At the moment we are giving my mother’s two adult cats a new home — our place. We are gradually showing them what will be their “patch” and wonder what hunting opportunities there will be for them. I remembered what they did for my mother one Christmas, which inspired me at the time to write this poem:
My mother’s young cats are both ginger in hue, and go by the names Tiger One, Tiger Two.
The male one is called Tiger One just because his sister is smaller, more white on her paws.
But both are great hunters, and each day return from fetching their own tucker, canned stuff to spurn.
Things were no different on Mum’s Christmas Eve, until she got prezzies she’d hardly believe!
They brought her a dead mouse, a rabbit, a skink, and featherless hatchlings laid out by the sink.
I guess that the tigers decided it best to make their selections direct from the nest.
The last of the Christmas Eve prezzies they brought were two fluffy ducklings they’d carefully caught,
released for a terrified romp in the house, just as scared, but more noisy than any cute mouse.
Back there behind washing-machine they had sped. They sounded so hungry, but couldn’t be fed.
Mum hopped on the phone to the SPCA. “Can you help, though tomorrow is Christmas Day?”
Quite blithely they said “Cat or dog food will do. We’ll send our Bird Lady in a day, maybe two.”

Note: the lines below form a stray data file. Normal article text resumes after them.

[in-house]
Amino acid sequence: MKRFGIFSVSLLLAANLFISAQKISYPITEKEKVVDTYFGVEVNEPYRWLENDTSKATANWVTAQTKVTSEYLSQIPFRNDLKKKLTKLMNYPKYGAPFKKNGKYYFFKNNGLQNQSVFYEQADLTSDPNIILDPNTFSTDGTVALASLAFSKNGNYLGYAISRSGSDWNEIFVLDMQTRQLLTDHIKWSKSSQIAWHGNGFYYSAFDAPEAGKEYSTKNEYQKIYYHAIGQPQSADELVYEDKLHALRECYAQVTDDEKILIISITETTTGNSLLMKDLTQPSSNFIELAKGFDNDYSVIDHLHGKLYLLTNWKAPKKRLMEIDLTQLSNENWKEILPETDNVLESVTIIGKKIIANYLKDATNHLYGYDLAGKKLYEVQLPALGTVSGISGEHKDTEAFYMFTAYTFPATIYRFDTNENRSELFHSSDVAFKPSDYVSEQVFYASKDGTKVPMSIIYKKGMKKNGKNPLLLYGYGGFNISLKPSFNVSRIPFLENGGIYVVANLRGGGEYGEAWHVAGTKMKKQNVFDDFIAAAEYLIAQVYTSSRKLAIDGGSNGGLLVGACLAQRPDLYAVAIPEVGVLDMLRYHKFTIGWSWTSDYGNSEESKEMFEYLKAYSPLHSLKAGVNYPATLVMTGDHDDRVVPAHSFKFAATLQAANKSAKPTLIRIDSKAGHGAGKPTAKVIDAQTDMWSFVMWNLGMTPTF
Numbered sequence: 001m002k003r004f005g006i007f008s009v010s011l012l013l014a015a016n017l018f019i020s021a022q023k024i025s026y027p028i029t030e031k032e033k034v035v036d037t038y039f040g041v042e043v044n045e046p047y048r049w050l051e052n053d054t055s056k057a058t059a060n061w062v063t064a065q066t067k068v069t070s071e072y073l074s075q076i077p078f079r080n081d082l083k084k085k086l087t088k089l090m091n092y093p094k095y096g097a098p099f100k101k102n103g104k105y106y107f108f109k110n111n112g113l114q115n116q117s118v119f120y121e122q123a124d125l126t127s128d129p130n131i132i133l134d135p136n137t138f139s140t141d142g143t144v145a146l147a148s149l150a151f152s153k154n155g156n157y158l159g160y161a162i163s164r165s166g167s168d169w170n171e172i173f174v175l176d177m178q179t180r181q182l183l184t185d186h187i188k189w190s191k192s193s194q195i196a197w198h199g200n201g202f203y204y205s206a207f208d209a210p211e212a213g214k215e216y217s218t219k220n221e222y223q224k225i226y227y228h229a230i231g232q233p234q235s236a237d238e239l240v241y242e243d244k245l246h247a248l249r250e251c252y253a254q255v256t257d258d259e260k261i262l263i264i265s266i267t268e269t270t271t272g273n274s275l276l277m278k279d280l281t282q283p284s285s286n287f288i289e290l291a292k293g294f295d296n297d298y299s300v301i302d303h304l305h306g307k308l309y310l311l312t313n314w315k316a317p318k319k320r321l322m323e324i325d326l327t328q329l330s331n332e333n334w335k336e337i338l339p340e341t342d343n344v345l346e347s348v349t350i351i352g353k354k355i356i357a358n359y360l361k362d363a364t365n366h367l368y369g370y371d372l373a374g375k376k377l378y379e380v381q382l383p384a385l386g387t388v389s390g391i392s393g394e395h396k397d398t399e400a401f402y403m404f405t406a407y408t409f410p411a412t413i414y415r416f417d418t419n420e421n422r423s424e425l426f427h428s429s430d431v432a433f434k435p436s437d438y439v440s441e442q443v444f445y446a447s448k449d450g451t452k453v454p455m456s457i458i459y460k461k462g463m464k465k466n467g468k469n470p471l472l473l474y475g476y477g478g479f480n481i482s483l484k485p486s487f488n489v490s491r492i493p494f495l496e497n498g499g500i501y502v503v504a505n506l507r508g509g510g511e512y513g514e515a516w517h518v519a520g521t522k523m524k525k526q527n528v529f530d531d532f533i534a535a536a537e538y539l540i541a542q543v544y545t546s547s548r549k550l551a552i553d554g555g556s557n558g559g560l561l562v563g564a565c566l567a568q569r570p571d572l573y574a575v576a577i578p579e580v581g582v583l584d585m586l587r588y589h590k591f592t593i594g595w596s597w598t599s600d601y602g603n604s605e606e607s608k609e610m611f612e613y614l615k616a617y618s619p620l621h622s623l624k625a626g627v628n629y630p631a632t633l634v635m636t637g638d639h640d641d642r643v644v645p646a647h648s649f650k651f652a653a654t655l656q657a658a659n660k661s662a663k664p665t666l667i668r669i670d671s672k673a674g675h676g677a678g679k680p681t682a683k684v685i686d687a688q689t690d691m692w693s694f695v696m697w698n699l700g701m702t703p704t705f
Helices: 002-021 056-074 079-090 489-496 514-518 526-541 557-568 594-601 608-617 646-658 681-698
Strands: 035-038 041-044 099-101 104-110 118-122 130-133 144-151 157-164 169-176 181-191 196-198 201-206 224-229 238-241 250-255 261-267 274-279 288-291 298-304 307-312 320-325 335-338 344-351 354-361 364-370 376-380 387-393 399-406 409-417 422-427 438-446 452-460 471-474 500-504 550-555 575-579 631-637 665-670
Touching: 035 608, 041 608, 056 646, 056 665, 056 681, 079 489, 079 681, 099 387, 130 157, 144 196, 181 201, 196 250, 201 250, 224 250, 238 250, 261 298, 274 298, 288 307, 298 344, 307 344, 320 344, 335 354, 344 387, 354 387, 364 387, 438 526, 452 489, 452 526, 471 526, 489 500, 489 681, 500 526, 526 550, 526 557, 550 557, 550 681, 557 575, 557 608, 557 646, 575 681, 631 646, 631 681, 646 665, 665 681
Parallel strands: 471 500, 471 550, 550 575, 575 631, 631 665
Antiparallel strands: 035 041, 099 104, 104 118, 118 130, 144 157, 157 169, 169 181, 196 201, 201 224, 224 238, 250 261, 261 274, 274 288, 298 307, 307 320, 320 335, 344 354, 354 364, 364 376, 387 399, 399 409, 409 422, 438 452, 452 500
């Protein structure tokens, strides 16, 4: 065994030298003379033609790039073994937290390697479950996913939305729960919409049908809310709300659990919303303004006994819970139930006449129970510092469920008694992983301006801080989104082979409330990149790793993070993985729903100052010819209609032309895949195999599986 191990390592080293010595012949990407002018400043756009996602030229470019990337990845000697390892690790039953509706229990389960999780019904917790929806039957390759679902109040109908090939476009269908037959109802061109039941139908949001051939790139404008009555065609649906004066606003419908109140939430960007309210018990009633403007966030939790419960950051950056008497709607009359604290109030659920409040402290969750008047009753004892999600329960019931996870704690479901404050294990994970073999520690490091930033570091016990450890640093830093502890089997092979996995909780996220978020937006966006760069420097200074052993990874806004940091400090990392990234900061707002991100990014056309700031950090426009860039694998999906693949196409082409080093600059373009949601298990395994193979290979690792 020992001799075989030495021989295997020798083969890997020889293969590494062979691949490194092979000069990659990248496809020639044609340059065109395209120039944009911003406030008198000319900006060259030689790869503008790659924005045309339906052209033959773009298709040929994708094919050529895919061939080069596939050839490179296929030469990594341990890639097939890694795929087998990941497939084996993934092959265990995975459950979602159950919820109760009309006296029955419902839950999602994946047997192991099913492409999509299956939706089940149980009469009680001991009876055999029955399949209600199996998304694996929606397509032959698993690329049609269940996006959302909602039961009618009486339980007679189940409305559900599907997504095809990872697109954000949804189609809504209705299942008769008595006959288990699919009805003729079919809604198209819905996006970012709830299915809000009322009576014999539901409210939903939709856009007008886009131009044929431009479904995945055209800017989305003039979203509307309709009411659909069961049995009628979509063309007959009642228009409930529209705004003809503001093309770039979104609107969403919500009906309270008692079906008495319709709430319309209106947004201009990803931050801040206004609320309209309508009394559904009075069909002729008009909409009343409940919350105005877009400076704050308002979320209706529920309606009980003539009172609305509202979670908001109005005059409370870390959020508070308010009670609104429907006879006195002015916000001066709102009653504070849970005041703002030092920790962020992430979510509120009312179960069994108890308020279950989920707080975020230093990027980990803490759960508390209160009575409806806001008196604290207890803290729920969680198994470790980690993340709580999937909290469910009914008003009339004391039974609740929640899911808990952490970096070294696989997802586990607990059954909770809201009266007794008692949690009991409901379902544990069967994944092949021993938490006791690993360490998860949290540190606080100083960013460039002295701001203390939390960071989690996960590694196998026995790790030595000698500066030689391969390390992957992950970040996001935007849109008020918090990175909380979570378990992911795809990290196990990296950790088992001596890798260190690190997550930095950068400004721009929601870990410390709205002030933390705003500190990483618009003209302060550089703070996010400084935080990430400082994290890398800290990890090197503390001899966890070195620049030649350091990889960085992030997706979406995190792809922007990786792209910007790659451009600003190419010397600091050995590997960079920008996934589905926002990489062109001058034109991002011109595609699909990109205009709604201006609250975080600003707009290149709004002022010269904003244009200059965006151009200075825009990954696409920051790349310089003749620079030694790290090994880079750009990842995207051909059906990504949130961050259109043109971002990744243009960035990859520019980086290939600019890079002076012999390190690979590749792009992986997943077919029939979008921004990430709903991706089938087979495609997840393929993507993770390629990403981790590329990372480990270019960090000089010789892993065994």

The cupboard still yielded a leftover brand of dog-food: the ducklings considered this grand.
Mum turned off the lights, went to bed in dismay. “This wasn’t the plan for a nice Christmas Day.
I do love roast duck but I don’t want to wait a year ’til they’re fat, when I’ll be eighty-eight.”
Next day my mum took the two struggling guests, confined in her sweater, to look for their nest.
But down at the creek there was no sign of duck, so back to the laundry they went, out of luck.
The busy Bird Lady did not soon arrive, so after two days my mum gave them a drive.
Away to the lady the ducklings were goin’ — yes, off to be coddled until they were grown.
Arriving back home Mum commenced a good scrub of laundry walls, flooring, and back of the tub.
The Tigers said “Great, now it’s our place again.” Their next hunting trip shouldn’t now be in vain.
Those tigers, when small, shared my mum with a dog, so now they’ve gone hunting to fetch her… a frog!
= = = = = = = = = = = = = = = = = = = = = = = = = = = = = = =